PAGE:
Blizzard Bans 3 More Players for Supporting Hong Kong

By Eva Fu
Eva Fu
Eva Fu
China Reporter
Eva Fu is a New York-based writer for The Epoch Times focusing on U.S.-China, religious freedom, and human rights.
October 17, 2019 Updated: October 18, 2019

U.S. gaming company Blizzard Entertainment has suspended three more players for expressing support for Hong Kong during an esport competition, a week after it triggered public criticism for punishing a Hong Kong player for similar actions.

Three Hearthstone players from Washington-based American University held a sign that read “Free Hong Kong, boycott Blizz” during a Collegiate Championship match on Oct. 8.

Their message was in reaction to Blizzard suspending Hearthstone player Ng Wai Chung, better known as “Blitzchung,” on the same day for shouting a pro-Hong Kong slogan during a post-match interview.

The broadcast cut away from the protest sign after a few seconds.

“Happy to announce the AU Hearthstone team received a six month ban from competition,” 19-year-old Casey Chambers, one of the college players who goes by the moniker “Xcelsior”, wrote in an Oct. 16 tweet, attaching screenshots of the suspension notification from Hearthstone Admin.

The notice said Chambers had violated a rule prohibiting players from engaging in any activity that is “abusive, insulting, mocking, or disruptive.”

The other two suspended players are Corwin Dark, known as “Giant Dwarf,” and Torin Wright, known as “TJammer,” according to CNN.

Hong Kong has become a sensitive topic in mainland China since mass protests broke out in June in opposition to the growing influence of the Chinese Communist Party in the city.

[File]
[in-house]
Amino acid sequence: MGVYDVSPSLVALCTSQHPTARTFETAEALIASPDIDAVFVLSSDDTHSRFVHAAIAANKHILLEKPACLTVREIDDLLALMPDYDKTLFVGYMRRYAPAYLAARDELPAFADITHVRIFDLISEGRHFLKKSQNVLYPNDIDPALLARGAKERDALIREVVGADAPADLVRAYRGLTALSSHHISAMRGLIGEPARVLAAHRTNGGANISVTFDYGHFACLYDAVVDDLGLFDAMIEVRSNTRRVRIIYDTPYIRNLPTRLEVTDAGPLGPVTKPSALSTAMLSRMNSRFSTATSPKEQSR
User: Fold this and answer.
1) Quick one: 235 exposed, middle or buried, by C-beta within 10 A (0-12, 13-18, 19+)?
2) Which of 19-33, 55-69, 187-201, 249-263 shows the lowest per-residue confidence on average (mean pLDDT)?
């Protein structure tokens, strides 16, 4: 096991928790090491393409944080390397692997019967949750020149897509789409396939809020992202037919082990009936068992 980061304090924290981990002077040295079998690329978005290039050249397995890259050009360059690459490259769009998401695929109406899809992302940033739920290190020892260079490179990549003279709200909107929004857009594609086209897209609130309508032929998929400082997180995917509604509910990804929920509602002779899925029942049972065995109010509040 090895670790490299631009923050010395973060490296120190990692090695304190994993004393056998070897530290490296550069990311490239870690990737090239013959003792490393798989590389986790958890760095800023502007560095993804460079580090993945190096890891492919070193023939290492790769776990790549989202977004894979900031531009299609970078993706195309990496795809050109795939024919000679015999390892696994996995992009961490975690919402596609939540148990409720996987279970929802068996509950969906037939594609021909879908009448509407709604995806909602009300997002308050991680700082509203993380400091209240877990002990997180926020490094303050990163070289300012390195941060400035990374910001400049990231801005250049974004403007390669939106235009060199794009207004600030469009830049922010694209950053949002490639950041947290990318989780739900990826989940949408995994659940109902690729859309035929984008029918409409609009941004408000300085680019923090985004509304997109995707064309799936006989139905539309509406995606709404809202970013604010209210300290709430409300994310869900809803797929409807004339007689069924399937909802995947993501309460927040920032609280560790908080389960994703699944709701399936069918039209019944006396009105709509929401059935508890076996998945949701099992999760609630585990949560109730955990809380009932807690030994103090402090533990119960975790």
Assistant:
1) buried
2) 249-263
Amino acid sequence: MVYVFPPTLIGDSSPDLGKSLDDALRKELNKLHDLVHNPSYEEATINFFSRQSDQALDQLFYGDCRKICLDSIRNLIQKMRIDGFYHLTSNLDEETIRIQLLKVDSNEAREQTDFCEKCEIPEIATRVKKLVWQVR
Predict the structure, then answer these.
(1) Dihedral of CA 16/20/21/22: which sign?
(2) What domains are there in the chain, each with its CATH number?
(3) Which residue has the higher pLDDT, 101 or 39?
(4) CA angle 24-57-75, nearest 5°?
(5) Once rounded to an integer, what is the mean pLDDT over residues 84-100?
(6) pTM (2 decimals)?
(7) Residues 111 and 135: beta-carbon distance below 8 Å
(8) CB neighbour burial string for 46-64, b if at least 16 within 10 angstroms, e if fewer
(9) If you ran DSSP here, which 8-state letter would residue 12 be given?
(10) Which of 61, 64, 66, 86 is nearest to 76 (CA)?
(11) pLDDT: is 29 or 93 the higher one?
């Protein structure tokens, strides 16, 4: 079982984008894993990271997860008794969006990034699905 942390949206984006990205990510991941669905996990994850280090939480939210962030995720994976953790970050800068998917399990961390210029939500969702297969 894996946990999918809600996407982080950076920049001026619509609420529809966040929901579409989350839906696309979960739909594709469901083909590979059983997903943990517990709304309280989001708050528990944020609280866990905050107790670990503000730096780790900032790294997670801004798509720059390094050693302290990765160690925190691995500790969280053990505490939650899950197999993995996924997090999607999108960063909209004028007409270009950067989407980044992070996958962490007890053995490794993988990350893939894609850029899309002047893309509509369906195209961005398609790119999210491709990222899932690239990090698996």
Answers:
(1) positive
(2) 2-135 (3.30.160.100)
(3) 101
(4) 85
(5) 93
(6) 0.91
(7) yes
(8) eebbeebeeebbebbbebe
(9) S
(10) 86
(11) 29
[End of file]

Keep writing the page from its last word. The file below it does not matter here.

In addition to Blizzard, a raft of foreign companies including Google, Apple, and the National Basketball Association, have become entangled in controversy over the Hong Kong protests, and have drawn criticism for reigning in free speech in an attempt to placate the Chinese regime.

Protesters shout slogans as they hold flyers at the Southorn Playground in Hong Kong on Oct. 15, 2019. (Anthony Wallace/AFP via Getty Images)

“Every voice matters at Blizzard, and we strongly encourage everyone in our community to share their viewpoints,” the notice from Hearthstone Admin read. It went on to say that the official broadcast needs “to be a place where all are welcome.”

The suspension came almost a week after the demonstration by the three players, who had also forfeited their next game on Oct. 10 because they felt it was “hypocritical” of Blizzard to punish Blitzchung, but not their team, CNN reported.

“While delayed I appreciate all players being treated equally and no one being above the rules,” Chambers said in the tweet.

On Oct. 8, Blizzard initially suspended Blitzchung for a year and stripped him of his prize money for the season for shouting out the protest slogan “Liberate Hong Kong. Revolution of our age” during a post-tournament live interview. The slogan has been popularized during the ongoing pro-democracy protests in Hong Kong.

Amid outcry from employees and players, Blizzard reduced the punishment to six months on Oct. 12 and restored his prize money, which amounted to $10,000.

In response to Blitzchung’s suspension, Hearthstone broadcaster Brian Kibler and Nathan Zamora both stated that they would not be casting at BlizzCon 2019, Blizzard’s annual gaming convention set to take place on Nov. 1 to Nov. 3.

“I will not be a smiling face on camera that tacitly endorses this decision,” Kibler wrote in a statement on Oct. 9.

Another Hearthstone player, William Barton, criticized Blizzard for silencing views deemed offensive to the Chinese regime, saying he supports ”the right of people in Hong Kong and around the world to assemble in protest.”

“I recognize that my decision to speak up may have consequences, but I believe it’s important to stand for what you think is right, and stand for the rights of others when they can’t necessarily do so themselves,” he wrote in an Oct. 10 statement.

Eva Fu
Eva Fu
China Reporter
Eva Fu is a New York-based writer for The Epoch Times focusing on U.S.-China, religious freedom, and human rights.